Like I did it with this article you should also think about whether your tutorial is too long for one page or not. Your reader might prefer if things were split into separate lectures.

Creating more than one part makes it easier for your reader to manage his time more efficientl: he can do the whole tutorial at once or one section at a time and still gain the warm feeling of accomplishment. Also, presenting the user with a long one-pager might make him feel overwhelmed and less likely to even start reading your tutorial.

An excellent way to identify breaking points is by looking at your headings: as soon as one topic is completed, and another one starts you’ll often find a good opportunity to make the break.

But still, this is entirely up to you: Undoubtedly there are cases when splitting your article makes no sense. Again, do what you think is right for your content.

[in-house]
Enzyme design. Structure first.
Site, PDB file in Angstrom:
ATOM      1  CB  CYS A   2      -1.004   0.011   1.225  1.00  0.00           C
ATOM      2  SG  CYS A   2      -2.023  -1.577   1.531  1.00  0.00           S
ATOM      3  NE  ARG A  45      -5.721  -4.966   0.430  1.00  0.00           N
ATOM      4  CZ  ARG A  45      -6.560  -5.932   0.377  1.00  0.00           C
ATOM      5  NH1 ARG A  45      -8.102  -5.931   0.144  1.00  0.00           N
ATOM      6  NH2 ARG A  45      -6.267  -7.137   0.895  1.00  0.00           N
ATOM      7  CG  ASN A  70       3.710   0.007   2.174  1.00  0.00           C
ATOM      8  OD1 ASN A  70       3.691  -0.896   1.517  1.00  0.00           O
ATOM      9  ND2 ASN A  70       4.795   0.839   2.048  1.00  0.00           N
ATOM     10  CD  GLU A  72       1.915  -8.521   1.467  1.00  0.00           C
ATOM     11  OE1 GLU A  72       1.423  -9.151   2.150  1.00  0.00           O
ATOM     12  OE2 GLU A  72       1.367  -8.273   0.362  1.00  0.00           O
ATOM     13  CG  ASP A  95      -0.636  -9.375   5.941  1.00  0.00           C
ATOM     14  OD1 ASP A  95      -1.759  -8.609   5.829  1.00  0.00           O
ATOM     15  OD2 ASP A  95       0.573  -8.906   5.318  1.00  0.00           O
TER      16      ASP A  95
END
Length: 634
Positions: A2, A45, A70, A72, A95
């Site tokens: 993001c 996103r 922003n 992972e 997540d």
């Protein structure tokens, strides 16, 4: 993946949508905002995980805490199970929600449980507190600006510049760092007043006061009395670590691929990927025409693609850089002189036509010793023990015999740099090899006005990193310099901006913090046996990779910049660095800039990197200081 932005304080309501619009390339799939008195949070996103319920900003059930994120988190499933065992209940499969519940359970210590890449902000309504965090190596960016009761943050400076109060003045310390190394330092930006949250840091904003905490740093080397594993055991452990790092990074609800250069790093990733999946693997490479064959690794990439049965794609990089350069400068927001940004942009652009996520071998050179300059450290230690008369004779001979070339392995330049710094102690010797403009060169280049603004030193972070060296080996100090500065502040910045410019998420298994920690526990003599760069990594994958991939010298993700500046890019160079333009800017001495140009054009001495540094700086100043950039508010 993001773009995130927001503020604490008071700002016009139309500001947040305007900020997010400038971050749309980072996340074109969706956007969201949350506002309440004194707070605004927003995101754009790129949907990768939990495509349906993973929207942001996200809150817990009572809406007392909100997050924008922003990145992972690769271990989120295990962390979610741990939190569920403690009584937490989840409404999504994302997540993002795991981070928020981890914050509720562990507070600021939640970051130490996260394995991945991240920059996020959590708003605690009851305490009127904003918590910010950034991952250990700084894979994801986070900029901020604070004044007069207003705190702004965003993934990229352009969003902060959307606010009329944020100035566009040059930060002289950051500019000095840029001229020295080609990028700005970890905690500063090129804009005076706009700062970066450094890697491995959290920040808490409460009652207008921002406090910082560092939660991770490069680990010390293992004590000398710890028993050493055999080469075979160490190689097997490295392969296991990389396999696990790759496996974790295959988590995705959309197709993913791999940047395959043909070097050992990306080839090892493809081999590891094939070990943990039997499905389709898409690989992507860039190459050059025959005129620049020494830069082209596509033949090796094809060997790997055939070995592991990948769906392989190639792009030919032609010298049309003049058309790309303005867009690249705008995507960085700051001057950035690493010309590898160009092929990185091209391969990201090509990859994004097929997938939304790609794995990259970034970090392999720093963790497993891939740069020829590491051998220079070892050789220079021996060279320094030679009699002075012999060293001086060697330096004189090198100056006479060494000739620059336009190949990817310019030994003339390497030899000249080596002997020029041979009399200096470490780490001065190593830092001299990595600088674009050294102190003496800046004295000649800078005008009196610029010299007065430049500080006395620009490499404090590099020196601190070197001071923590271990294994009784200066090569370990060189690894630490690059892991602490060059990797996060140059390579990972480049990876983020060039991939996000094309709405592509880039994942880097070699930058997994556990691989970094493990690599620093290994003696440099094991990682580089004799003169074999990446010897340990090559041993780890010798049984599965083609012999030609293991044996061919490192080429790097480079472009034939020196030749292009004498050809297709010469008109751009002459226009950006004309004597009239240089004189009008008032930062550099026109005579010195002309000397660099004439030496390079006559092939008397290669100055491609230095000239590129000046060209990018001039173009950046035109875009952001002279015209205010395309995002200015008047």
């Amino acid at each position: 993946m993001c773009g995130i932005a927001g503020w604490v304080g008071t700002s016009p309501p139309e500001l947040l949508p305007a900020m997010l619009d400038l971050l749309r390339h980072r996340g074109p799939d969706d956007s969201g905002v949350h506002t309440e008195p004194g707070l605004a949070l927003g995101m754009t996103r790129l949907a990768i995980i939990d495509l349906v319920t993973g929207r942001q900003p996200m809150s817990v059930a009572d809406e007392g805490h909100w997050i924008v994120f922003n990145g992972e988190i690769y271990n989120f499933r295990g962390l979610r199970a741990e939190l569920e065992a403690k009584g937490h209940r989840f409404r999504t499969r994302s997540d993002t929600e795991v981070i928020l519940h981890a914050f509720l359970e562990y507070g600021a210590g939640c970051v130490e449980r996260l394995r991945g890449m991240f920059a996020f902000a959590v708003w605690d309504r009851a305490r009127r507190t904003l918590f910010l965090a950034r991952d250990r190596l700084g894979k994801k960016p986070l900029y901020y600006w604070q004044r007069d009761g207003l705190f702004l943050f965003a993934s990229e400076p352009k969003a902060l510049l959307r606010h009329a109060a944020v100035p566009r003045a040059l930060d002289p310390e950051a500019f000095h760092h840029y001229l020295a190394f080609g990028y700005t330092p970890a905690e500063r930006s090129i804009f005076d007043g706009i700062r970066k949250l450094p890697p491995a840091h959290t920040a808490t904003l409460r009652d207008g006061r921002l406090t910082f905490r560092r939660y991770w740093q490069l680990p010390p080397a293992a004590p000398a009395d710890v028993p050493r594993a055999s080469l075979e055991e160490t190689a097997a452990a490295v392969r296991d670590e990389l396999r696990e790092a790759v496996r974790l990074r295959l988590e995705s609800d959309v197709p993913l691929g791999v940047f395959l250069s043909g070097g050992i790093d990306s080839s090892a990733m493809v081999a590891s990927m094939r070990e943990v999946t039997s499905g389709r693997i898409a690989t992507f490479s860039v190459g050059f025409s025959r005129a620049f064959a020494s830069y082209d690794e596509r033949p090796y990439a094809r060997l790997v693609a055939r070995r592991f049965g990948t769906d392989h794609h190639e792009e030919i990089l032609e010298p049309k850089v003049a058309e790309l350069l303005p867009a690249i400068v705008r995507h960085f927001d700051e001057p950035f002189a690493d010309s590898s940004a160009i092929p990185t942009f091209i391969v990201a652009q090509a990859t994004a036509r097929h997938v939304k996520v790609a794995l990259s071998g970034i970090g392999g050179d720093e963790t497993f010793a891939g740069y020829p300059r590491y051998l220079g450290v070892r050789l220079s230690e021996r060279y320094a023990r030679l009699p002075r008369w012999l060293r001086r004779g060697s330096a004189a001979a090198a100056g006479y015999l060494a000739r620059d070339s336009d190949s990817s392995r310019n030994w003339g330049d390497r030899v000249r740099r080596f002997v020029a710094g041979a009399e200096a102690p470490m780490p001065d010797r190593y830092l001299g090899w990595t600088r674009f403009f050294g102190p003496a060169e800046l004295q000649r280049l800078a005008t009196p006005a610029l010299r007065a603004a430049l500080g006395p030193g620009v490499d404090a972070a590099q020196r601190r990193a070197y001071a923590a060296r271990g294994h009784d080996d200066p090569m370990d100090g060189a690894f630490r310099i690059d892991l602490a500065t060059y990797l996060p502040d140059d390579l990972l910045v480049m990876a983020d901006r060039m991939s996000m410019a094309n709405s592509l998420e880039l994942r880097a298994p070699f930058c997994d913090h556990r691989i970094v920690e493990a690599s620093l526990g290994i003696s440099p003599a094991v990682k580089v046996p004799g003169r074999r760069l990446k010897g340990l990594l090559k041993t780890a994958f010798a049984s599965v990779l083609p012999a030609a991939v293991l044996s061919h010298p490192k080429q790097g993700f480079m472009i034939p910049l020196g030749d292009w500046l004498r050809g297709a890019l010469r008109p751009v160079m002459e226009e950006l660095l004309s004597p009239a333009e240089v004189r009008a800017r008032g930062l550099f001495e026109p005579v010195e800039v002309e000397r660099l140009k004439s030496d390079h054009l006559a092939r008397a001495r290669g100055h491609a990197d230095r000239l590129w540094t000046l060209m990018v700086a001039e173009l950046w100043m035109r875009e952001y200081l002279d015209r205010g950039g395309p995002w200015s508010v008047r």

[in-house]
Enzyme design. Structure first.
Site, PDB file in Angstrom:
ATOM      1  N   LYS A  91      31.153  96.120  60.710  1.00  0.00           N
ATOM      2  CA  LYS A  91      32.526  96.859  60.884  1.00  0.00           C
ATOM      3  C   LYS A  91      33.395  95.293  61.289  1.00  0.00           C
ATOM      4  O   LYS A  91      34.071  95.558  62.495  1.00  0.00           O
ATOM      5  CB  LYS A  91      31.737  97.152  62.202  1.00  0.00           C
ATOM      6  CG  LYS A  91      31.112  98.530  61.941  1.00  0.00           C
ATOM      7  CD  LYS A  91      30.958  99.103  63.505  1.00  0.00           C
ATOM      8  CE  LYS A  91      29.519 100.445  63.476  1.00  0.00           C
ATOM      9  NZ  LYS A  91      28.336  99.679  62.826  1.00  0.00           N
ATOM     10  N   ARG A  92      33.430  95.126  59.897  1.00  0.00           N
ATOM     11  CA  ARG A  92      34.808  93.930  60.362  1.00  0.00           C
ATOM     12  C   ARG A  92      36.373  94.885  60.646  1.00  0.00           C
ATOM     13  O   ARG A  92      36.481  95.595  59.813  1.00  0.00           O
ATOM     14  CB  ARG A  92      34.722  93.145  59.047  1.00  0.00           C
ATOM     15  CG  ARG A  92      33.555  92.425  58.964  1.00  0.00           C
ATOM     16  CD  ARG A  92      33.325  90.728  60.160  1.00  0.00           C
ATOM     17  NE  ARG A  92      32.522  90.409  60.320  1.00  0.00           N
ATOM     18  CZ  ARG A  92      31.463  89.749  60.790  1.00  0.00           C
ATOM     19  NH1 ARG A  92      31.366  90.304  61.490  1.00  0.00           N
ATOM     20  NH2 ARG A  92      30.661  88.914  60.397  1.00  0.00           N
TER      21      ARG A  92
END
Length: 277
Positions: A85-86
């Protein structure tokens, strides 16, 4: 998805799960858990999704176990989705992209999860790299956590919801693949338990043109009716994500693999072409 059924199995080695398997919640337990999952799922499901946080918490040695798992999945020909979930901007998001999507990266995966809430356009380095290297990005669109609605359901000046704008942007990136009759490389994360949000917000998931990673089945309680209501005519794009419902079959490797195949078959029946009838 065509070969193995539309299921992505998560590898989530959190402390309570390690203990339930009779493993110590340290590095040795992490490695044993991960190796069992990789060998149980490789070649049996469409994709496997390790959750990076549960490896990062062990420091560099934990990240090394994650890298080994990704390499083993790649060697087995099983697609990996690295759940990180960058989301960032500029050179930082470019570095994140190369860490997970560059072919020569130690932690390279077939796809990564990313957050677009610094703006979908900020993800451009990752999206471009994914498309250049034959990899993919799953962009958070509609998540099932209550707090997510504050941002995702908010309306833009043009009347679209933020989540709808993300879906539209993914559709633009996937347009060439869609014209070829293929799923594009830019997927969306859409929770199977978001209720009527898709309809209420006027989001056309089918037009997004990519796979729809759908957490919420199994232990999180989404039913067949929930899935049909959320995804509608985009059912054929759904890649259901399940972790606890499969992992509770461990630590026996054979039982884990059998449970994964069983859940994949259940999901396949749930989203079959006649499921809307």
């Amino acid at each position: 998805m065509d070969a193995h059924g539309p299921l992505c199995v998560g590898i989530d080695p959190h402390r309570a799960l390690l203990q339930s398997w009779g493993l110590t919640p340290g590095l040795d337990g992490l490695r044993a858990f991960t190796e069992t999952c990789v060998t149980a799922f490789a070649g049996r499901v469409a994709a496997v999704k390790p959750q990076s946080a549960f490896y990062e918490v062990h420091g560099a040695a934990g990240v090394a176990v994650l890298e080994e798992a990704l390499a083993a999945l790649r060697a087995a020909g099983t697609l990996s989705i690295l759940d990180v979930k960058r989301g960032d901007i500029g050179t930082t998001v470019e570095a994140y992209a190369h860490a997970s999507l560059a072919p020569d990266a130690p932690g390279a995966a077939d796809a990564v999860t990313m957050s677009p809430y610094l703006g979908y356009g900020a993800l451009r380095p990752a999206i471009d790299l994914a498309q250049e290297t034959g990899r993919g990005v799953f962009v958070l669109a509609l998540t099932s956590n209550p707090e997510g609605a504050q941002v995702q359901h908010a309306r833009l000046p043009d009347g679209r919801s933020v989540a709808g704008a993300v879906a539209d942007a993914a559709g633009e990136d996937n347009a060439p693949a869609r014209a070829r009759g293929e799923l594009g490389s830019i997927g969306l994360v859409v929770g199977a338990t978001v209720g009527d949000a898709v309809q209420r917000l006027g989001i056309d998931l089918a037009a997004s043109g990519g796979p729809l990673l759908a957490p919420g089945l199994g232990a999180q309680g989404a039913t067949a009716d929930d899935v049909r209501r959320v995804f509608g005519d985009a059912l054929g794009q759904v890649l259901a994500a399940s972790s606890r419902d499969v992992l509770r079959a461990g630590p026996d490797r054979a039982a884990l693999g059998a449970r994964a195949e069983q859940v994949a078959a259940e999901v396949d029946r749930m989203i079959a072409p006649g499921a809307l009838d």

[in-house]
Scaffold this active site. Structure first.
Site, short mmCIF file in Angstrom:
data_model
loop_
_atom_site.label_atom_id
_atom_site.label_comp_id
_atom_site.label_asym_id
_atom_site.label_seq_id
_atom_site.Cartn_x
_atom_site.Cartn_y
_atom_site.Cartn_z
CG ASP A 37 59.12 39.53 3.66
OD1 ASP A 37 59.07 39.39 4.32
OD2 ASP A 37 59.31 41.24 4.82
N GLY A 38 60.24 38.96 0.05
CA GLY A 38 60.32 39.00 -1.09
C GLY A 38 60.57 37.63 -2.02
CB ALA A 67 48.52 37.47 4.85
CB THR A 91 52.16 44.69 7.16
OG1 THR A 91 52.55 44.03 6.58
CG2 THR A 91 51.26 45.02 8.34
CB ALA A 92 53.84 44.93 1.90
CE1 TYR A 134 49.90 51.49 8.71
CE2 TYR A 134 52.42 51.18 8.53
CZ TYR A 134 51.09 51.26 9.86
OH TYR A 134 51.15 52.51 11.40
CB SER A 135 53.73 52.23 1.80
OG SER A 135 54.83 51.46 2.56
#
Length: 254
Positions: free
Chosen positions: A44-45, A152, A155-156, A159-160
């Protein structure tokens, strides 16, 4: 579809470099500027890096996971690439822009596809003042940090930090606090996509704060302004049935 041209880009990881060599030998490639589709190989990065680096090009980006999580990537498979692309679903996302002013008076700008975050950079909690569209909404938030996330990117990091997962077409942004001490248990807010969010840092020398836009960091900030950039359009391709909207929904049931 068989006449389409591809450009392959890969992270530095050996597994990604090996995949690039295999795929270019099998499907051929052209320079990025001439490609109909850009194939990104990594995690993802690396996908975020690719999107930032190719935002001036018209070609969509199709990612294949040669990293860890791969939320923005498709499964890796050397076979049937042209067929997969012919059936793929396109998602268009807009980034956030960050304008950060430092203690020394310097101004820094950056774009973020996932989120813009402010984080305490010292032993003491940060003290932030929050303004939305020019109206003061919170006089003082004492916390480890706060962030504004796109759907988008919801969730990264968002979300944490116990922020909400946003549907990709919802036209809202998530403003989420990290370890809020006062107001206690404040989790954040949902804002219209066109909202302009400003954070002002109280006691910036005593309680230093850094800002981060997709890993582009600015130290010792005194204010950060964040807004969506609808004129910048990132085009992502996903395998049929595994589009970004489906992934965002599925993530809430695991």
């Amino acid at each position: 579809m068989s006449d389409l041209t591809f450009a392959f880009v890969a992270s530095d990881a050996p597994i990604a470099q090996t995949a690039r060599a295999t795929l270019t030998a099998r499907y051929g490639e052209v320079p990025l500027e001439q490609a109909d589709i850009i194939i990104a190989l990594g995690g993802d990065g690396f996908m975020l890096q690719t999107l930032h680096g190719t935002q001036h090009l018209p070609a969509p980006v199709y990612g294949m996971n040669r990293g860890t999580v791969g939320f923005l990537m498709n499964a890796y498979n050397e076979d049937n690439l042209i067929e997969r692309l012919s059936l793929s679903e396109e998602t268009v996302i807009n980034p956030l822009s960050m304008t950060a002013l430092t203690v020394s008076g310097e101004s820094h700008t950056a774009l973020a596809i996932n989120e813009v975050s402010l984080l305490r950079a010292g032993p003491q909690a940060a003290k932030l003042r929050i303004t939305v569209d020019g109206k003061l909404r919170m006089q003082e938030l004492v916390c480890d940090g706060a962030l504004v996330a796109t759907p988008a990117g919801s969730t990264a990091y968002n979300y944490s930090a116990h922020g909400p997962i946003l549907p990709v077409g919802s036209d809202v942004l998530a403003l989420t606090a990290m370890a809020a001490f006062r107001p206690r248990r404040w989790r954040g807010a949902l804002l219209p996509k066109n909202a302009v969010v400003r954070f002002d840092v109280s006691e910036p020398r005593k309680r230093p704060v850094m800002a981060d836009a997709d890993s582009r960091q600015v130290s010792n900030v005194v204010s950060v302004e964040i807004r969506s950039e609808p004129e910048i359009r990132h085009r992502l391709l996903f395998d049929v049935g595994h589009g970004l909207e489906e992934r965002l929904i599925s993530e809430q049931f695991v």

Advanced Tip:

The content length may also influence your SEO ranking. I recommend writing articles with at least 1000 words (this one has about 1500 words). If you’re able to prove your point in 500 words, that’s fine too because you don’t want to bore your readers with filler content just to reach a certain word count.
As always: Think about your audience first, then about SEO.

Photo by Clément H on Unsplash

5. Make your code look real

The best way to present your code is by displaying it like in an editor or IDE. Making your code more readable and therefore more understandable is an important task.

Additionally, it’s pretty to look at—who doesn’t like well-presented code?

You could use a monospaced font, a different background-color and some highlight colors for programming statements.
Also, when using variable names or other short code-snippets directly in your text, make sure that it’s clear, that this is code. At least you should use a monospaced font to make it stand out.

Depending on your environment you have different options: Download and install a plugin for your WYSIWYG Editor or write the styling yourself.

Naturally, having ugly or wrong formatted code in your tutorial may show low quality and is one reason why readers might leave early, so doing your best that everything looks neat and accessible is time well spent.